Reggaeton - is a form of urban music which became popular with Latin American youth during the early 1990s. Originating in Panama, Reggaeton blends Jamaican music influences of reggae and dancehall with those of Latin America, such as bomba, plena, merengue, and bachata as well as that of hip hop and Electronica.
Rock - is a form of popular music with a prominent vocal melody accompanied by guitar, drums, and bass. Many styles of rock music also use keyboard instruments such as organ, piano, synthesizers.
Rumba - is a family of music rhythms and dance styles that originated in Africa and were introduced to Cuba and the New World by African slaves.
Salegy - is a popular type of Afropop styles exported from Madagascar. This Sub-Saharan African folk music dance originated with the Malagasy language of Madagascar, Southern Africa.
Salsa - is a diverse and predominantly Spanish Caribbean genre that is popular across Latin America and among Latinos abroad.
Samba - is one of the most popular forms of music in Brazil. It is widely viewed as Brazil's national musical style.
Sega - is an evolved combination of traditional Music of Seychelles,Mauritian and Réunionnais music with European dance music like polka and quadrilles.
Seggae - is a music genre invented in the mid 1980s by the Mauritian Rasta singer, Joseph Reginald Topize who was sometimes known as Kaya, after a song title by Bob Marley. Seggae is a fusion of sega from the island country, Mauritius, and reggae.
Semba - is a traditional type of music from the Southern-African country of Angola. Semba is the predecessor to a variety of music styles originated from Africa, of which three of the most famous are Samba (from Brazil), Kizomba (Angolan style of music derived directly from Zouk music) and Kuduro (or Kuduru, energetic, fast-paced Angolan Techno music, so to speak).
Shona Music - is the music of the Shona people of Zimbabwe. There are several different types of traditional Shona music including mbira, singing, hosho and drumming. Very often, this music will be accompanied by dancing, and participation by the audience.
Ska - is a music genre that originated in Jamaica in the late 1950s and was a precursor to rocksteady and reggae. Ska combined elements of Caribbean mento and calypso with American jazz and rhythm and blues.
Slow Jam - is typically a song with an R&B-influenced melody. Slow jams are commonly R&B ballads or just downtempo songs. The term is most commonly reserved for soft-sounding songs with heavily emotional or romantic lyrical content.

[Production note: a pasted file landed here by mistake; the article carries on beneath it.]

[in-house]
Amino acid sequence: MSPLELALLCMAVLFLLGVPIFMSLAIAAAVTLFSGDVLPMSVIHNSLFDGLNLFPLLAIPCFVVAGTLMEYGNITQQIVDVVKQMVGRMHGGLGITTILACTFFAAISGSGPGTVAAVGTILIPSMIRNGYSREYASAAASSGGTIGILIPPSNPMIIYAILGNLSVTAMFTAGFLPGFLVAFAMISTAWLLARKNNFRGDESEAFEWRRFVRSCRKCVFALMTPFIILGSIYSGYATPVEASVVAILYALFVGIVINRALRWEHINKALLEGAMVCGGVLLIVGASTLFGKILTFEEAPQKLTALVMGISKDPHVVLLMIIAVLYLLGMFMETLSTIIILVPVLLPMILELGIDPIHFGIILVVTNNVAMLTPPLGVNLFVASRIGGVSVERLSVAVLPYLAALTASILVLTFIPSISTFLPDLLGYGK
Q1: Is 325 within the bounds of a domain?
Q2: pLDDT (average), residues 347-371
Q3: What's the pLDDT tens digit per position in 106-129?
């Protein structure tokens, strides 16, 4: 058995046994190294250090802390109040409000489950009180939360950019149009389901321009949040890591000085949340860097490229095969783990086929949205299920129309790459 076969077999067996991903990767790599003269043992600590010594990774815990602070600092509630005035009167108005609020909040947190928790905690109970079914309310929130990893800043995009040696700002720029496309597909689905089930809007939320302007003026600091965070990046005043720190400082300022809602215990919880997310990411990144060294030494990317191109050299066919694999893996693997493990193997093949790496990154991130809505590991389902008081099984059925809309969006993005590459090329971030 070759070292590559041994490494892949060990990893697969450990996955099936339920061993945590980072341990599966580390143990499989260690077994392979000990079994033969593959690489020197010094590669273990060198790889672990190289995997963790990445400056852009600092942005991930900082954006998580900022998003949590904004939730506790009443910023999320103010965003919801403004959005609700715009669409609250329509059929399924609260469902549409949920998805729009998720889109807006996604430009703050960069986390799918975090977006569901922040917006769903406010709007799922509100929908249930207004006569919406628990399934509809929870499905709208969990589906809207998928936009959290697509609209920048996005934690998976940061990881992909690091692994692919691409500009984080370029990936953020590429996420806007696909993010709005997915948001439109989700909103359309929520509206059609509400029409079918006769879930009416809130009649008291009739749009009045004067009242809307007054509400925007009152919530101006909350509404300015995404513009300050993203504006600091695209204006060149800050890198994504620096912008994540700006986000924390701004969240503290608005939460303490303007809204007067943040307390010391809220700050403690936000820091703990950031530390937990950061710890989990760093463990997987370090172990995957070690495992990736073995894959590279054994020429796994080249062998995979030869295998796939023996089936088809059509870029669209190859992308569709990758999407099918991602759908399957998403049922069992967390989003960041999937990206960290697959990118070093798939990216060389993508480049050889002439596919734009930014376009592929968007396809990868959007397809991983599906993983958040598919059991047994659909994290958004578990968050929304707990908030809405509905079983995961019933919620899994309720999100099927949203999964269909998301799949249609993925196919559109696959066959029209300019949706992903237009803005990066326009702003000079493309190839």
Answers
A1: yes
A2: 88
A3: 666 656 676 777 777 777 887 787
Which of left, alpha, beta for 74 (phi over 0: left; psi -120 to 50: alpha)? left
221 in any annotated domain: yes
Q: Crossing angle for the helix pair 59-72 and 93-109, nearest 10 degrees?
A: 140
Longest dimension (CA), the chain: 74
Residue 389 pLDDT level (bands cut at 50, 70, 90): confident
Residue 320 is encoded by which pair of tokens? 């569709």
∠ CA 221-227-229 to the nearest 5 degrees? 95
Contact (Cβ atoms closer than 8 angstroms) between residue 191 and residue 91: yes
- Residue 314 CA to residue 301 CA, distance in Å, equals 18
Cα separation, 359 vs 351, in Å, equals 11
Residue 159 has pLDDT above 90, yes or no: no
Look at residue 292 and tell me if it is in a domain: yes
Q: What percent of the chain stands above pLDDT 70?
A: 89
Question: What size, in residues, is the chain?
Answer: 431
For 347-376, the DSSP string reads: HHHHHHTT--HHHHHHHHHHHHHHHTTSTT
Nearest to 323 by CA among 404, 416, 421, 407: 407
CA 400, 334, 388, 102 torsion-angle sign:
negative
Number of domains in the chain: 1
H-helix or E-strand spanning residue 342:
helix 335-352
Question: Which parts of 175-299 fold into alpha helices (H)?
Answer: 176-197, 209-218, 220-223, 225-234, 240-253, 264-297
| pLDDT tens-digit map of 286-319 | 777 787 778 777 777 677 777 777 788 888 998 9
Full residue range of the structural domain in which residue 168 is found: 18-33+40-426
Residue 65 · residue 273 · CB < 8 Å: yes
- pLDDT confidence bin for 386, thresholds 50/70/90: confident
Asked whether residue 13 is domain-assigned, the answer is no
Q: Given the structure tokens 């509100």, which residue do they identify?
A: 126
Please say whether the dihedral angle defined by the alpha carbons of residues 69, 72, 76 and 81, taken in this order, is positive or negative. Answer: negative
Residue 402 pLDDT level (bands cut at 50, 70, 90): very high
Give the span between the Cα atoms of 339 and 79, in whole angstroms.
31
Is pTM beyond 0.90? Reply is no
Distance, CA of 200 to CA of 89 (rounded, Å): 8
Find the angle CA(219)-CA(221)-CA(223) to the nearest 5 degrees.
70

Soca - is a form of dance music that originated in Trinidad from calypso. It combines the melodic lilting sound of calypso with insistent (usually electronic in recent music) percussion.
Soukous - is a musical genre that originated in the two neighbouring countries of Belgian Congo and French Congo during the 1930s and early 1940s, and which has gained popularity throughout Africa.
Soul - is a music genre that combines rhythm and blues and gospel music, originating in the United States.
Taarab - is a music genre popular in Tanzania. It is influenced by music from the cultures with a historical presence in East Africa, including music from East Asia, Sub-Saharan Africa, North Africa, the Middle East and Europe. Taarab rose to prominence in 1928 with the rise of the genre's first star, Siti binti Saad.
Tango - is a style of music that originated among European immigrant populations of Argentina and Uruguay. It is traditionally played by a sextet, known as the orquesta típica, which includes two violins, piano, doublebass, and two bandoneons.
Waka - is a popular Islamic-oriented Yoruba musical genre. It was pioneered and made popular by Alhaja Batile Alake from Ijebu, who took the genre into the mainstream Nigerian music by playing it at concerts and parties; also, she was the first waka singer to record an album.
Wassoulou - is a genre of West African popular music, named after the region of Wassoulou. It is performed mostly by women, using lyrics that address women's issues regarding childbearing, fertility and polygamy.